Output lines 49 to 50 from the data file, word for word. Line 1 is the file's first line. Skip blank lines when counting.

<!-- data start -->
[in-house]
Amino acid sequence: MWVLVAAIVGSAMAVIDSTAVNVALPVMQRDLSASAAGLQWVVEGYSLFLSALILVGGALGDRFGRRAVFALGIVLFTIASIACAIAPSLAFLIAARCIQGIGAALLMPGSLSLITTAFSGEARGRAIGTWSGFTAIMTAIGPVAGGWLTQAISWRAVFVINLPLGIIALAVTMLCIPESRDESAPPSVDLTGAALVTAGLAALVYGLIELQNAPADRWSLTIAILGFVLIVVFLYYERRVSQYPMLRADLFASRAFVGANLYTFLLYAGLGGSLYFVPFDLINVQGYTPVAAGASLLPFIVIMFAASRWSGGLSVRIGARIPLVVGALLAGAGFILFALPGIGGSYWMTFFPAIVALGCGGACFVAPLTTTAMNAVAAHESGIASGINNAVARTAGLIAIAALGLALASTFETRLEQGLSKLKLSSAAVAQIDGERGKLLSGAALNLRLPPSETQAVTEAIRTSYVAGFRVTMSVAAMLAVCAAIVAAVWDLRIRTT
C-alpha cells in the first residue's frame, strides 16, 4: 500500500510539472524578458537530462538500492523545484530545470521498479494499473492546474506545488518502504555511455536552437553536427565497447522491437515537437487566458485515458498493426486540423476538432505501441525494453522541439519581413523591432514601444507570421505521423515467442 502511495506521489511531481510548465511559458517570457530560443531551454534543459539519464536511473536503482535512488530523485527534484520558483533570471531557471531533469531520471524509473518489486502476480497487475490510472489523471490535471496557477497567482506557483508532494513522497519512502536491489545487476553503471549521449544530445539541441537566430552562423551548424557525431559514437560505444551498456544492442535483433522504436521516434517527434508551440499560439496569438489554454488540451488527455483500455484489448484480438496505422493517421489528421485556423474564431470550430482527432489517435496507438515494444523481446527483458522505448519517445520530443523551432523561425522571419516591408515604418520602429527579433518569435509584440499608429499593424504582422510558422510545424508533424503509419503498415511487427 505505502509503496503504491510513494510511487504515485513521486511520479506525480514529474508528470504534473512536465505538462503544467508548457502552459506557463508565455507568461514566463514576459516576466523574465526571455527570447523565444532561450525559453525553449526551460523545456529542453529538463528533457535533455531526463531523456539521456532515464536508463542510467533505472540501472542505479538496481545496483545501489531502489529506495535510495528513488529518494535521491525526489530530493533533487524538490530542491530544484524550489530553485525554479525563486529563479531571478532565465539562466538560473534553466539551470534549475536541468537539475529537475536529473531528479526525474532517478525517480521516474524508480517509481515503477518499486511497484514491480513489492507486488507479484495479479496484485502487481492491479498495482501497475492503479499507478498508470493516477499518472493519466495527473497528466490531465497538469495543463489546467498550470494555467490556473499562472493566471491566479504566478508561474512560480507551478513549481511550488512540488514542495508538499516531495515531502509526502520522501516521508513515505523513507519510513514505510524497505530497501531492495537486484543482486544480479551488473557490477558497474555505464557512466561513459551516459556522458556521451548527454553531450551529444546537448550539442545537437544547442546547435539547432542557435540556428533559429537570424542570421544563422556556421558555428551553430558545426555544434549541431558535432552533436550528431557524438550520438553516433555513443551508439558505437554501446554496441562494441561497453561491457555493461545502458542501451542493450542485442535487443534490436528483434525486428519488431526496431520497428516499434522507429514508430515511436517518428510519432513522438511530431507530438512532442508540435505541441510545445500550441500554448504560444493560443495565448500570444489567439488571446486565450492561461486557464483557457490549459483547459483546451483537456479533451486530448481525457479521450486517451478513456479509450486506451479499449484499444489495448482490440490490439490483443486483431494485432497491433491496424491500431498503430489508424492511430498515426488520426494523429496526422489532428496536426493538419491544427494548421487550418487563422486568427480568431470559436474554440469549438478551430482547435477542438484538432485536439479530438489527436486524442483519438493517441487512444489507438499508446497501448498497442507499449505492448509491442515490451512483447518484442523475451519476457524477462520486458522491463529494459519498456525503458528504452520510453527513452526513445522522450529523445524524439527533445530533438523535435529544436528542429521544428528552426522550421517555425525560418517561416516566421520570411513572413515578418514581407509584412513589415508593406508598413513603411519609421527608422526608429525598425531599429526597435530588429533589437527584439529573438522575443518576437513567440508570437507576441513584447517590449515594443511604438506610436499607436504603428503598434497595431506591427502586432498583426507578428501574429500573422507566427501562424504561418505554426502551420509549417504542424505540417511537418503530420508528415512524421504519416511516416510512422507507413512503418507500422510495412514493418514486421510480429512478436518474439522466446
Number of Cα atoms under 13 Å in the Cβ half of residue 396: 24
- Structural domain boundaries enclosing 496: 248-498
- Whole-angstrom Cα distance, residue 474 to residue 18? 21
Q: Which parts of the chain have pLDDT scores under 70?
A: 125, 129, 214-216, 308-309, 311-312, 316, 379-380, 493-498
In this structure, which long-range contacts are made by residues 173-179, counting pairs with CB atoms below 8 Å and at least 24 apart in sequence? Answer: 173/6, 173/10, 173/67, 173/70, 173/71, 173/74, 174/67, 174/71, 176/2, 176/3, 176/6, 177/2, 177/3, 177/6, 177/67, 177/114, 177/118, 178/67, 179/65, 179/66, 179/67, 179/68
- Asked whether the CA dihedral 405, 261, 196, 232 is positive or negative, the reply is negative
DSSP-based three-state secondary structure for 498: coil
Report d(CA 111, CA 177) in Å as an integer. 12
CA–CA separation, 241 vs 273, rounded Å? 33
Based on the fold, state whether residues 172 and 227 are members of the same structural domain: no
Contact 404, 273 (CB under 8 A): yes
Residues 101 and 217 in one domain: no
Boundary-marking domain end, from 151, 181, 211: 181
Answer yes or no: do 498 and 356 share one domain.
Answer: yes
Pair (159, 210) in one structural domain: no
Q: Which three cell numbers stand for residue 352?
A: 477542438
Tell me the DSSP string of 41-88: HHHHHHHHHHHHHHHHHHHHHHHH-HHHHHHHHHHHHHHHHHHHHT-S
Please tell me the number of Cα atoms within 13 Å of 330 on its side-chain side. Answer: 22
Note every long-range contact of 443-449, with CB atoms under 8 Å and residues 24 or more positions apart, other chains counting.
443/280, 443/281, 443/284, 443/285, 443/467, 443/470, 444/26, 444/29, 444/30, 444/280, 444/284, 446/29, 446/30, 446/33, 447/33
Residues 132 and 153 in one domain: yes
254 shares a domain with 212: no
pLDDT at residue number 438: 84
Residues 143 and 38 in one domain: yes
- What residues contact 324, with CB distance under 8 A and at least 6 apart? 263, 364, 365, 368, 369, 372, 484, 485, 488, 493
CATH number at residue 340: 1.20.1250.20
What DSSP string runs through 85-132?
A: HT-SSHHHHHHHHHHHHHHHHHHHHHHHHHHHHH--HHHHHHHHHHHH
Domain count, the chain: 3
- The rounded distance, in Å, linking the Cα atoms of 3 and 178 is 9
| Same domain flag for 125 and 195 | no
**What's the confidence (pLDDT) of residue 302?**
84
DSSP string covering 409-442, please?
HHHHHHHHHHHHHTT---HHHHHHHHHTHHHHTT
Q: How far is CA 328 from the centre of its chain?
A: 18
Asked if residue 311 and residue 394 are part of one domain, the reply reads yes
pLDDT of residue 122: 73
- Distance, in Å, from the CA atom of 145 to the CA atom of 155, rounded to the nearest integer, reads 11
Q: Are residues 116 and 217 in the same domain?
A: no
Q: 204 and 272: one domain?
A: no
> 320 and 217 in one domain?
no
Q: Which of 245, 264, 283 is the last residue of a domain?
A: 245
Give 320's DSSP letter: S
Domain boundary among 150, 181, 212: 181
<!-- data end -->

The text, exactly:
Q: 204 and 272: one domain?
A: no